But back to the kitchen. We have “Cocido Madrileño” in Madrid: heavy but delicious. “Fideua” in Cataluña: similar to paella, but with noodles and of course alioli. “Gazpacho” in Sevilla: a refreshing and actually quite light cold vegetable soup. “Rabas” in north Spain: one of the tastiest ways to prepare octopus.
We might have exported less dishes than the Italians (they managed to steal pasta from China and pizza from north Africa, but no one beats them at selling that stuff).
We might have less sophisticated dishes than the French (or at least less sophisticated sounding, since I believe one of the keys of success is to make a fish soup and call it “Vichisoise” or similar).
But Spain is the only country I can think of that has succesfully exported an eating philosphy: Tapas. You can read about it in an earlier post. Before you do so, I suggest you treat yourself to a glass of “The Spanish Quarter” or your favourite Spanish wine and enjoy the reading.
Today we talk about the meat. Let’s put some flesh to the bones of our little global culinary village.
I want to bring you a bit closer the king of all kings and non plus ultra of delicatessen. Yes: we are talking about Spanish ham. The one and only Jamon Iberico.
I like to think: It is not the pork, its what you make of it. Means: Of course all countries have their way of honoring the beatiful combination of hunger, talent, creativity and pork meat. But you can not beat Jamon Iberico (excusi cari amici Italiani).
Let’s revise briefly:
GERMANY: the most efficient. True. Kuddos to them: No other country in the world has more different variety of sausages and ways to prepare pork meat. They got it fully engeneered… Deserves recognition, sure. But non of their multiple creations can beat Jamon Iberico…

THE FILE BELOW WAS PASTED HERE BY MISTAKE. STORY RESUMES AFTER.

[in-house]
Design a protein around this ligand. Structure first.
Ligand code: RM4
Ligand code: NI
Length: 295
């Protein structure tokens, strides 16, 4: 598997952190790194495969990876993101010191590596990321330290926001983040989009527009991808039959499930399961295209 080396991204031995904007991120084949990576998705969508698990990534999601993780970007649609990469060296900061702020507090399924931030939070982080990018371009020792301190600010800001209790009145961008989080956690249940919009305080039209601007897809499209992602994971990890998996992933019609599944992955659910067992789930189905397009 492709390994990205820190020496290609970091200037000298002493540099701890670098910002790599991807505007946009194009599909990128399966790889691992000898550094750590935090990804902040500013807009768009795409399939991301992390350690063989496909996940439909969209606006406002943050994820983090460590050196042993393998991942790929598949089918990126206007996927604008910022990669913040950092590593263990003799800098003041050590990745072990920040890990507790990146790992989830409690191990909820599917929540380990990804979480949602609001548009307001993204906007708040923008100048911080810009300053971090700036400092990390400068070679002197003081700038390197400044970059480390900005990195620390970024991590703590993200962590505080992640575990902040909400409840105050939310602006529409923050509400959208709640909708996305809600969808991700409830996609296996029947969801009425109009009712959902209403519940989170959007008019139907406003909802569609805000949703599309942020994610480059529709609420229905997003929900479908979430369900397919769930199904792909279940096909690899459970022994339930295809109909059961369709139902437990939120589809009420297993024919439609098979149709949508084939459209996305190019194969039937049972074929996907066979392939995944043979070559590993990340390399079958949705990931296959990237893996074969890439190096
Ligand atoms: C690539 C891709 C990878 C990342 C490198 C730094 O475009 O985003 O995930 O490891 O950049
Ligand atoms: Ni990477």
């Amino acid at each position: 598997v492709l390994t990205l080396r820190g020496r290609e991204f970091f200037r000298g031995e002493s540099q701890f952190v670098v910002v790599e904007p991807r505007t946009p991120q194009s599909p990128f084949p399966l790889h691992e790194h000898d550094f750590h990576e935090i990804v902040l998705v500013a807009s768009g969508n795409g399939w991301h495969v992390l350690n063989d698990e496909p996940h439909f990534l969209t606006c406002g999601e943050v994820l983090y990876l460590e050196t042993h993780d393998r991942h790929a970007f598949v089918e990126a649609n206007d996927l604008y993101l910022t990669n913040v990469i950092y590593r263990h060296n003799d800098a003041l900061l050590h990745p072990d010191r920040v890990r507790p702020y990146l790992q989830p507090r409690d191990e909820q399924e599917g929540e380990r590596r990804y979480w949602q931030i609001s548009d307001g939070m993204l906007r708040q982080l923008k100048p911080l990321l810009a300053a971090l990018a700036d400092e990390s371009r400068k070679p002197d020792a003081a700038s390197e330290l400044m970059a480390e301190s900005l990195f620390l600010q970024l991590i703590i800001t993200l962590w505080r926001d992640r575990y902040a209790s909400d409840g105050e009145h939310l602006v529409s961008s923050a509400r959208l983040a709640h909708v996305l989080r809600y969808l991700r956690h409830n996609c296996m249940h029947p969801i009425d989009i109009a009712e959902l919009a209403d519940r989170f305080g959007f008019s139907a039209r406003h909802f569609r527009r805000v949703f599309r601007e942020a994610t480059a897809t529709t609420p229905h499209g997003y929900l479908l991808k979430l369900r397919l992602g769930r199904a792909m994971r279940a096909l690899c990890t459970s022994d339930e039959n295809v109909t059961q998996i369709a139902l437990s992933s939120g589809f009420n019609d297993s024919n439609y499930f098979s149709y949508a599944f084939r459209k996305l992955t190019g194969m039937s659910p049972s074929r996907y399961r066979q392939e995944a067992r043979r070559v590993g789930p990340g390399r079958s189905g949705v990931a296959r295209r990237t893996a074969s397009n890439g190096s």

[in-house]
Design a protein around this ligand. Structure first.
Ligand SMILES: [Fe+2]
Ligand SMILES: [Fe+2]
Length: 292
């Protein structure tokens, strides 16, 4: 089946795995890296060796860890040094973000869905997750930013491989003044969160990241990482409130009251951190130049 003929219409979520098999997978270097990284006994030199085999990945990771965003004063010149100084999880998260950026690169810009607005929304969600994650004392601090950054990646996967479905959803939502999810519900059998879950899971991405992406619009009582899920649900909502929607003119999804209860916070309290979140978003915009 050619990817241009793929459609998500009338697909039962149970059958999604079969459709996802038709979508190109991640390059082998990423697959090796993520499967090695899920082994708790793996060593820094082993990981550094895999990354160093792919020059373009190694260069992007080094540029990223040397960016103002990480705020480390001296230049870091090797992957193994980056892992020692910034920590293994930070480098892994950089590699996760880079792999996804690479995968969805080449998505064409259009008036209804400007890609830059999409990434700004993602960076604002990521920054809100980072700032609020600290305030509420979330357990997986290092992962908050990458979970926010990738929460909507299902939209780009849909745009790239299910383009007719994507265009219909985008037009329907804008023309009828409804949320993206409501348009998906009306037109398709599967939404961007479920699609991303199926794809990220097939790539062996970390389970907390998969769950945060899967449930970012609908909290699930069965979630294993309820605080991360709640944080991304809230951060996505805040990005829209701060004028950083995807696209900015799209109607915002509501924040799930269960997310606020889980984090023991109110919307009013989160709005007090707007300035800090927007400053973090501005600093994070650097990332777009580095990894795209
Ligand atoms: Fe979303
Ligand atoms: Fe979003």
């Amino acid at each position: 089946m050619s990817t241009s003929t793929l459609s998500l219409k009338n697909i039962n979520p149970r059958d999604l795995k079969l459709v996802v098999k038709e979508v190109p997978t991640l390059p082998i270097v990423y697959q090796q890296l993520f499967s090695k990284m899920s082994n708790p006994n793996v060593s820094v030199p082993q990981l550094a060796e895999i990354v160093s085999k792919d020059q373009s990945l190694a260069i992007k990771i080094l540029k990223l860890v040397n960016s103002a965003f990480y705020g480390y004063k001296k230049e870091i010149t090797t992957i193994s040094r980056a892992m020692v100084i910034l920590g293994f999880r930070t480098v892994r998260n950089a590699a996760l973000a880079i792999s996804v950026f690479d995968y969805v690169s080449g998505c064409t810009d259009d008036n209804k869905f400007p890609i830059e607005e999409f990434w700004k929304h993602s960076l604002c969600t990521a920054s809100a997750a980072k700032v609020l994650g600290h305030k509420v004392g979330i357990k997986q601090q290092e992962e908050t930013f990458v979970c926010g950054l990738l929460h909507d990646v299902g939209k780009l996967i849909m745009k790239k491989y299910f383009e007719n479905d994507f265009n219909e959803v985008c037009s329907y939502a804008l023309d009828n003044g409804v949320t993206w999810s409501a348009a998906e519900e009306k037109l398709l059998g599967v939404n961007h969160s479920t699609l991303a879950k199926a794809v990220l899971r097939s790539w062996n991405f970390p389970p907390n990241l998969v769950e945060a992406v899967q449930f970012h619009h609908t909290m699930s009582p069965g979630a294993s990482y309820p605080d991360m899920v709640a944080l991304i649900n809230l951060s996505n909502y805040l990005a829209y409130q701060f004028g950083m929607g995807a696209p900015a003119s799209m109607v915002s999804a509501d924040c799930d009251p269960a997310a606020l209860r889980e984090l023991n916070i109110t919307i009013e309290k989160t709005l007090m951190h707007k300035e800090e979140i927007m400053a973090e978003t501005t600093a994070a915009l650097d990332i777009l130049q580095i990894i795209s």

FRANCE: The most glamorous. Of course. Ces’t clair. Le France ces’t le France. Le grande nation. Sauchichonne, jambon, saucisse, boudin… Bonne. Sorry… You can not beat Jamon Iberico.
ENGLAND: you all knew this was going to be a short one…
ITALY: the best salesman. This is the toughest one. “Why Italians are better at selling” deserves an own post. Let me know if you are interested and I will do my best. But now in a nutshell: their parma ham is not bad. Sure: salchiche picante con pomodoro e pasta… Not bad. Mortadella… It all tastes great. And they know how to cut it, celebrate it, pack it (and -for God sake- how to price it. BUT: if you catch them in an honest moment they will recognize pressing between hard bitten teeth… “You-e can-e not-e beat-e Jamon-e Iberico”. (By the way: if you care and ask, I will be happy to explain-e why-e Italians-e hav-e to speak-e with-e an “-e” at the end of each word…e)
This one deserves an own post.
Easy. Think about it, enjoy global pork creations and come back soon. Or drop a question! You might get an answer mañana… While you wait, enjoy a glass of “The Spanish Quarter” Cabernet Tempranillo or your favourite Spanish wine.